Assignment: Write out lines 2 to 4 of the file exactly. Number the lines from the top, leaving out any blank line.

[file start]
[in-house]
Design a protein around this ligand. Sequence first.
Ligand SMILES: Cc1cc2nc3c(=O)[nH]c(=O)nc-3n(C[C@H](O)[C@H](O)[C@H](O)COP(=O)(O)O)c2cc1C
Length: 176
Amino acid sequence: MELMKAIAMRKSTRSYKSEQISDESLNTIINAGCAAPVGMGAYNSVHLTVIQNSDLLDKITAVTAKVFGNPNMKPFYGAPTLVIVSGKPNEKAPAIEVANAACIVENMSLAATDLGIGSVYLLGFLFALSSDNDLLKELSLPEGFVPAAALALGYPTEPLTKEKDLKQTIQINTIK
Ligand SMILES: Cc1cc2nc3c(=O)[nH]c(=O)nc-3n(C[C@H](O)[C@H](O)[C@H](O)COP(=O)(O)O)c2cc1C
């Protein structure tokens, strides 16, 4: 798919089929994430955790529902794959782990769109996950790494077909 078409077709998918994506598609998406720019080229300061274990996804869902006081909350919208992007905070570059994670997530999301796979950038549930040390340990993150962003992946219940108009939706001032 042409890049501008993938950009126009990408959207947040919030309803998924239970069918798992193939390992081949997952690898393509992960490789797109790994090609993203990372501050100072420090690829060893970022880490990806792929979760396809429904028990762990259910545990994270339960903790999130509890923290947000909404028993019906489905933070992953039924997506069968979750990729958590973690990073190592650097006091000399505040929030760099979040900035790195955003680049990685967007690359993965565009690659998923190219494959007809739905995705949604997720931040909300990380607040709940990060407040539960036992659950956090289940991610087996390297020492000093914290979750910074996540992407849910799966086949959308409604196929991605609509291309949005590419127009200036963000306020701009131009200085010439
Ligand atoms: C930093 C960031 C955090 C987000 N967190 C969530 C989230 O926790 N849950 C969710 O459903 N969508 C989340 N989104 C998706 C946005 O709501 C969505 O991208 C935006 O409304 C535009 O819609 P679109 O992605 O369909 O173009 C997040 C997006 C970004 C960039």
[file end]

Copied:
Design a protein around this ligand. Sequence first.
Ligand SMILES: Cc1cc2nc3c(=O)[nH]c(=O)nc-3n(C[C@H](O)[C@H](O)[C@H](O)COP(=O)(O)O)c2cc1C
Length: 176